Quarry owners to appeal

Operators of a sand and gravel quarry are to appeal against a decision by Norfolk planners to reject proposals for the final phase of extraction at Beetley, near Dereham.

Operators of a sand and gravel quarry are to appeal against a decision by Norfolk planners to reject proposals for the final phase of extraction at Beetley, near Dereham.

Barker Bros Aggregates, which has been running the 12.5ha quarry for more than 50 years, wants to extract nearly 185,000 tonnes of sand and gravel from a neighbouring area of land to the east of an existing railway until June 2011.

It also wants to vary a condition to an existing planning permission granted in 2005 to allow for the extraction of approximately 230,000 tonnes of sand and gravel remaining from land south of Beetley Common and to allow for the restoration of the site, which it hopes to turn into a major green habitat by 2011.

But county councillors rejected the proposals, following fears that extensive mineral extraction could be detrimental to an already sensitive natural area.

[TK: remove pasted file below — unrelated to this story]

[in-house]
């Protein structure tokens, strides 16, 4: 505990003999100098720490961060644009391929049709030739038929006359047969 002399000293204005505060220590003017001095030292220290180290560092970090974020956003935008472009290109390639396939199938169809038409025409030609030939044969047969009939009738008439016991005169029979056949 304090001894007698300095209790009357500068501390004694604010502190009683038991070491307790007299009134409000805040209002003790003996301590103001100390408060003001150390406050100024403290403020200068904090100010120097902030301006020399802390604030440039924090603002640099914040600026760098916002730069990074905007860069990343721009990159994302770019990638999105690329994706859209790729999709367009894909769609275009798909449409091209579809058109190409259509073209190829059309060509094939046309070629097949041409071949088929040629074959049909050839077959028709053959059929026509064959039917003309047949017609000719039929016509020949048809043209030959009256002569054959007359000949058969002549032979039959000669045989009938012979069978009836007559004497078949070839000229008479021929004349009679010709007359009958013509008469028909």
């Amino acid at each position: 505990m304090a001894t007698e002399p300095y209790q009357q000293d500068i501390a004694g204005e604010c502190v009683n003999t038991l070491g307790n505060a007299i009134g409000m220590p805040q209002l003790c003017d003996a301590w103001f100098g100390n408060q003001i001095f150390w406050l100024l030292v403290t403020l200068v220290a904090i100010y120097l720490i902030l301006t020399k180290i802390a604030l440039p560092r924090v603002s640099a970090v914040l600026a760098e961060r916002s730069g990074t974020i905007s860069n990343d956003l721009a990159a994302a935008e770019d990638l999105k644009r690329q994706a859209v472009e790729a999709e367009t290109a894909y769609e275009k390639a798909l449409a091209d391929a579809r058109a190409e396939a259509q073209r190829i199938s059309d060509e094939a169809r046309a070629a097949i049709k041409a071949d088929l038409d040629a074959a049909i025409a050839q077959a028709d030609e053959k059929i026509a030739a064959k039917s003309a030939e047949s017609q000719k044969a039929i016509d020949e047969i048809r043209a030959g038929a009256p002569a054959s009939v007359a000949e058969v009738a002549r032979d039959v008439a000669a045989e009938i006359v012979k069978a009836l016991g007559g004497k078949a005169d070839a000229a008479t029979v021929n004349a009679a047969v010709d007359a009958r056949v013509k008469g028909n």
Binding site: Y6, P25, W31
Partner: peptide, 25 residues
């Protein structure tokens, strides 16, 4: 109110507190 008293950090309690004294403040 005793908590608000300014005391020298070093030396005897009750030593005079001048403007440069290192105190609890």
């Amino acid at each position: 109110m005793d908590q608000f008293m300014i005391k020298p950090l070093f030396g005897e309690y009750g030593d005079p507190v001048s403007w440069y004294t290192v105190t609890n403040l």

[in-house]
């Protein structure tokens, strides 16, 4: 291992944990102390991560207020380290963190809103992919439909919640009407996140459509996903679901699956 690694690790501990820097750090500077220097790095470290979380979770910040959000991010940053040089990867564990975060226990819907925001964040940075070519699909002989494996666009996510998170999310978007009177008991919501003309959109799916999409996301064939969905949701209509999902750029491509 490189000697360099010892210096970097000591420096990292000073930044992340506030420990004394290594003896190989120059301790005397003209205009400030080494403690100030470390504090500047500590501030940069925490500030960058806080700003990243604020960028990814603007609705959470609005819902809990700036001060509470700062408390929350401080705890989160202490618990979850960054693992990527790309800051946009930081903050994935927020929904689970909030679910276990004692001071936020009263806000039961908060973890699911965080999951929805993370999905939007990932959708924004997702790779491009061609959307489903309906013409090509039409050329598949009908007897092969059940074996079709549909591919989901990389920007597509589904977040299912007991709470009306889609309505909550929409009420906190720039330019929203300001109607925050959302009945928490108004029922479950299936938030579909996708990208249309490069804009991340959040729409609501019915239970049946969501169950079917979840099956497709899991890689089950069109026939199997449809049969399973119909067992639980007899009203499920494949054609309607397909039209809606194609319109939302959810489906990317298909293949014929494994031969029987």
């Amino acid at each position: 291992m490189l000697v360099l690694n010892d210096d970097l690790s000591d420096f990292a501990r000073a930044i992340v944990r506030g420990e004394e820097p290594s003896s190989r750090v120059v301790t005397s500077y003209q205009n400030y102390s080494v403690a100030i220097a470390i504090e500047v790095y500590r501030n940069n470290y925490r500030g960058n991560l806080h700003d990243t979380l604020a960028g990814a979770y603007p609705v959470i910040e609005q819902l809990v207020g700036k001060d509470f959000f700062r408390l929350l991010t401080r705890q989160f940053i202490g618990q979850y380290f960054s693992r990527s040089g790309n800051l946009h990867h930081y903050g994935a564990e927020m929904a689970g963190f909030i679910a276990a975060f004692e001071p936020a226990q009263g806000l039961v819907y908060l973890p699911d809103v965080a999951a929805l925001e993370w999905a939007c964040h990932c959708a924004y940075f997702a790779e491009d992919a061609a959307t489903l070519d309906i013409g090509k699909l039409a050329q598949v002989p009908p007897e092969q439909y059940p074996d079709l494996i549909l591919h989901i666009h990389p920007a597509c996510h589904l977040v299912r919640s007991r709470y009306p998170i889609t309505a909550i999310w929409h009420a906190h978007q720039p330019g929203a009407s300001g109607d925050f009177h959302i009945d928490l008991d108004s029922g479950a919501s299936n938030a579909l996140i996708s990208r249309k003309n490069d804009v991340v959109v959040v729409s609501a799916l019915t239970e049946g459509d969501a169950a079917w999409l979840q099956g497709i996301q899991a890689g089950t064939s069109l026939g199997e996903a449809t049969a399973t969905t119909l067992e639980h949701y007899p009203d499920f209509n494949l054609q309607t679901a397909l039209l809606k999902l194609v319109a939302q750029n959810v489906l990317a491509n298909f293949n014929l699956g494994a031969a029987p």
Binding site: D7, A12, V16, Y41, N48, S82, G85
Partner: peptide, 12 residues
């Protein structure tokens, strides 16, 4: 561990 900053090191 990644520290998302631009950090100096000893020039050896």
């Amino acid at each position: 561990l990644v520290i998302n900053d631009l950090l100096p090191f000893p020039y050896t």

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Derek Baxter, chairman of the county council planning regulatory committee, said members were concerned

at the impact of long-time operations in the valley.

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“Councillors took into consideration the fact that there are similar operations throughout the county and extraction should no longer be allowed at Beetley,” he said.

Last night, Danny Eves, the company's general manager said the firm would appeal against the decision within a week.

He insisted the application had the support of Norfolk's main wildlife organisations, including the RSPB, the Ornithological Society and the Wensum Trust.

“We hope to wrap up operations by 2011 and restore the site to a major green habitat,” he said.

“We have been very much involved in environmental activities, helping to plant some 7,000 trees in the area. Through this latest scheme,

we are looking to attract endangered species, including the stone curlew and the grey partridge.”

Mr Eves said the quarry had been operating for the last

50 years without causing disturbance in the area.

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